TMM: You have been a vocal opponent of brostep’s rise in popularity and deep saturation into the dubstep scene, especially in the United States. Do you feel pressured to play more aggressive tracks in America versus the UK and other parts of Europe?
JN: I never feel pressured to play more aggressive tracks. I play what I feel to play. I’ve been involved with dubstep for ten years. I believe I have reached a certain level of consistency with the tunes I play and how I present the music to the audience. I’ve been doing GourmetBeats Radio for eight years. When you see my name on a flyer, promoters and partygoers know what to expect.
TMM: You’ve famously held onto using dubplates [pressings of songs in the 10" acetate format] even as many DJs have moved towards CDJs out of practicality. Aside from your preference for exclusive and unreleased tracks, what leads to your preference for the dubplate?
JN: I am a DJ. Disc. Jockey. A disc has 3 characteristics: it’s flat, circular and resembles a plate. A jockey: someone that operates a specific machine, vehicle or object. It’s also someone that rides a horse. In either example, the operator is in control. Stop. Start. Fast. Slow. Dubplates are the truest representation of that disc jockey ethos. When you play a record, there is rotation. With rotation comes vibration. Vibration equals physicality. Dubstep is a physical sound. In my opinion, dubstep is best heard in that format. Vibration is also a feeling. Vibes. Dubstep is vibes. Dubstep is also emotional.
TMM: How did you start receiving so many exclusive dubplates? Is there a large degree of trust involved between you and the producer?
JN: Honestly, all I did was ask. If you don’t ask the question, the answer is always no. Plastician was the first to send me tunes on the MSN Messenger (yeah….remember that?!). Old bits like “White Gloves” and “Pump Up The Jam.” From there, other producers started sending me tunes. There’s a large degree of trust because these tunes are their work. They value their work, as do I.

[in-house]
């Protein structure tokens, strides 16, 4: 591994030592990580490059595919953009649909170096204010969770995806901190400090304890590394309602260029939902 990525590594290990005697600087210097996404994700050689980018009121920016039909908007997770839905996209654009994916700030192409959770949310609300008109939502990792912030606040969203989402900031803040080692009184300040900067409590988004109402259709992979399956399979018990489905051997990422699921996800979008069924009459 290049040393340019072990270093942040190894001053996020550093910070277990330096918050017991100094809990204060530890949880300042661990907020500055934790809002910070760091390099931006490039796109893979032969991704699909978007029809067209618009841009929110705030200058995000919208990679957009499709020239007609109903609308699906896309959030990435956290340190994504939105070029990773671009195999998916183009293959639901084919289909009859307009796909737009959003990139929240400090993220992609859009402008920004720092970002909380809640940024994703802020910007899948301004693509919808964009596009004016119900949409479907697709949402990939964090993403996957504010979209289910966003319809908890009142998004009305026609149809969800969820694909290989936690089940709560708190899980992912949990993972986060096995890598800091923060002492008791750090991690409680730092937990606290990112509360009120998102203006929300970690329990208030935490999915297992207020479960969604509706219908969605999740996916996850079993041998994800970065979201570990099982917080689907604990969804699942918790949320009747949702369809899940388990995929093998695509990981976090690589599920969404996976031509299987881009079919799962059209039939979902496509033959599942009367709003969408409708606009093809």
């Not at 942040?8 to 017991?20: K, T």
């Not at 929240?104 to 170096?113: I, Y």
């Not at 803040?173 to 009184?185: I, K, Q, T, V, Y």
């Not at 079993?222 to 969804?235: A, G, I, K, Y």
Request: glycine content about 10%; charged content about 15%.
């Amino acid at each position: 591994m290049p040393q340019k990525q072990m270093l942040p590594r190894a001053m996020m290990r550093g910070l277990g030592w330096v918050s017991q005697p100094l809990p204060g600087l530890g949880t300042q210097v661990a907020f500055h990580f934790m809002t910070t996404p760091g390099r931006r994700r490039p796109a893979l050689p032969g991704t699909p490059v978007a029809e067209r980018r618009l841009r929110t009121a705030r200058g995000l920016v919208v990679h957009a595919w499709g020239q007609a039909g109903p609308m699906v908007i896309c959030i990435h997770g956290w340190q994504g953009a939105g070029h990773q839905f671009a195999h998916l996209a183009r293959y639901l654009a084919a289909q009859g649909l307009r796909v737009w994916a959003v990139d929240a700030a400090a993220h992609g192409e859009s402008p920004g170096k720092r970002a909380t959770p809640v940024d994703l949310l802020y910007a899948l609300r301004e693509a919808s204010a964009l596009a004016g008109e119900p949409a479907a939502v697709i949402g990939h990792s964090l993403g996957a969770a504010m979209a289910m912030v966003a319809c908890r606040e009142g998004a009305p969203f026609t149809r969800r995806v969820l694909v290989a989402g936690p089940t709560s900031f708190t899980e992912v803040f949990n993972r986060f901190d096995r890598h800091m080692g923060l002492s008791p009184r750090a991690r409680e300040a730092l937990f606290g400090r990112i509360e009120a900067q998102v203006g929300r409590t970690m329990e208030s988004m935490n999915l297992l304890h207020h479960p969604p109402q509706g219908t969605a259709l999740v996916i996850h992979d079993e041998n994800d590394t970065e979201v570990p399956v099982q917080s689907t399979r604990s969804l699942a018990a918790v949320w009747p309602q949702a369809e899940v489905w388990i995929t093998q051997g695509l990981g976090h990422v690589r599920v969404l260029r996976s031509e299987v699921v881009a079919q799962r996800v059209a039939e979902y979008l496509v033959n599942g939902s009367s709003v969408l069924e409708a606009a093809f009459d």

TMM: Despite being involved in the dubstep scene since the early days, you haven’t really expanded outside of your role as a DJ. I know you’ve experimented with production, but is there any interest on your end to form a label and release records? It seems like it would be the natural extension of your taste as a DJ and ambassador of the dubstep sound to America.
JN: I am dabbling in production, but my passion is playing and performing dubstep. If I did create a record label, easy…GourmetBeats Music. When you see a gourmet meal, you instantly recognize that a level of quality has to be attained in order to be called “gourmet.” Same for what I would need to do with the label. Cream of the crop tunes. Best of the best. Nothing else will do. Quality control is a must.
TMM: Dubstep seems to be headed in many different directions in 2011. You have James Blake and Darkstar making the more melancholy, vocal tracks, Addison Groove and Ramadanman bringing in strong Chicago house influences, and others like LX One only getting deeper and more submersive. Who are your favorite producers that are shaking things up and keeping the sounds fresh?
JN: There are so many talented producers that are making fresh beats, but I’d rather focus on labels that are continually breaking boundaries. Deep Medi. For me, they’re the best going. There’s a focus on the sound the label wants to represent and the target is always hit every time. Chestplate, Get Darker, Hessle Audio, Hyperdub, Tempa, Keysound Recordings, Swamp 81 are some other labels that are consistently making moves.
Joe Nice hosts a monthly radio show at GourmetBeats.com, with all past shows dating back to 2005 archived and available for free download at JoeNice.net. Follow him on Twitter @JoeNiceDJ for the latest updates.